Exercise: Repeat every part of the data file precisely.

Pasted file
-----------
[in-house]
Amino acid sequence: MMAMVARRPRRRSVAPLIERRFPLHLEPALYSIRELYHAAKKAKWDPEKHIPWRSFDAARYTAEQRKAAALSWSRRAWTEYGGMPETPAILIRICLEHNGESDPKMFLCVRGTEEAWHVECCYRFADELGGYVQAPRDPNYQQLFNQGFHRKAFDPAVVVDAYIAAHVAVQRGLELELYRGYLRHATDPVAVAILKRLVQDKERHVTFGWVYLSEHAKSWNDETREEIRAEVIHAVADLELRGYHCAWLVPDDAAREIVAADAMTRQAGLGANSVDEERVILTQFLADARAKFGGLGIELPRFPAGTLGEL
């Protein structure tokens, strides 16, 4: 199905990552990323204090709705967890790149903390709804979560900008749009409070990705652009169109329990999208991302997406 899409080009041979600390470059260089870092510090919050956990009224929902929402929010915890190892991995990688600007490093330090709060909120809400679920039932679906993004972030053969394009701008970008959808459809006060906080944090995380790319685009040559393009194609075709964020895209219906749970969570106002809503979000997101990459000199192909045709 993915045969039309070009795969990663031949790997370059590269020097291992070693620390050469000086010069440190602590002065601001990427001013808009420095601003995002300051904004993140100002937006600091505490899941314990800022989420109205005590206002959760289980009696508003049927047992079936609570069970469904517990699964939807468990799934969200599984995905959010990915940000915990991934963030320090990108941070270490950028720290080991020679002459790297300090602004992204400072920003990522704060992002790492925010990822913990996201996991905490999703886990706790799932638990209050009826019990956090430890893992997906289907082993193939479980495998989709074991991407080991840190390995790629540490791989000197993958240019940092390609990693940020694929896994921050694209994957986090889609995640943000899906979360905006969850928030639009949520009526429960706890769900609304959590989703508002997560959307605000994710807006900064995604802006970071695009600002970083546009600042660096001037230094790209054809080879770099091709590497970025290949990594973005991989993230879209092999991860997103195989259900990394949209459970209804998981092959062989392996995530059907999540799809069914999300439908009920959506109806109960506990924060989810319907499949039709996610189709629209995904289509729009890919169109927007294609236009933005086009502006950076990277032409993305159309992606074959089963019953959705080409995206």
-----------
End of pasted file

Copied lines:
[in-house]
Amino acid sequence: MMAMVARRPRRRSVAPLIERRFPLHLEPALYSIRELYHAAKKAKWDPEKHIPWRSFDAARYTAEQRKAAALSWSRRAWTEYGGMPETPAILIRICLEHNGESDPKMFLCVRGTEEAWHVECCYRFADELGGYVQAPRDPNYQQLFNQGFHRKAFDPAVVVDAYIAAHVAVQRGLELELYRGYLRHATDPVAVAILKRLVQDKERHVTFGWVYLSEHAKSWNDETREEIRAEVIHAVADLELRGYHCAWLVPDDAAREIVAADAMTRQAGLGANSVDEERVILTQFLADARAKFGGLGIELPRFPAGTLGEL
């Protein structure tokens, strides 16, 4: 199905990552990323204090709705967890790149903390709804979560900008749009409070990705652009169109329990999208991302997406 899409080009041979600390470059260089870092510090919050956990009224929902929402929010915890190892991995990688600007490093330090709060909120809400679920039932679906993004972030053969394009701008970008959808459809006060906080944090995380790319685009040559393009194609075709964020895209219906749970969570106002809503979000997101990459000199192909045709 993915045969039309070009795969990663031949790997370059590269020097291992070693620390050469000086010069440190602590002065601001990427001013808009420095601003995002300051904004993140100002937006600091505490899941314990800022989420109205005590206002959760289980009696508003049927047992079936609570069970469904517990699964939807468990799934969200599984995905959010990915940000915990991934963030320090990108941070270490950028720290080991020679002459790297300090602004992204400072920003990522704060992002790492925010990822913990996201996991905490999703886990706790799932638990209050009826019990956090430890893992997906289907082993193939479980495998989709074991991407080991840190390995790629540490791989000197993958240019940092390609990693940020694929896994921050694209994957986090889609995640943000899906979360905006969850928030639009949520009526429960706890769900609304959590989703508002997560959307605000994710807006900064995604802006970071695009600002970083546009600042660096001037230094790209054809080879770099091709590497970025290949990594973005991989993230879209092999991860997103195989259900990394949209459970209804998981092959062989392996995530059907999540799809069914999300439908009920959506109806109960506990924060989810319907499949039709996610189709629209995904289509729009890919169109927007294609236009933005086009502006950076990277032409993305159309992606074959089963019953959705080409995206």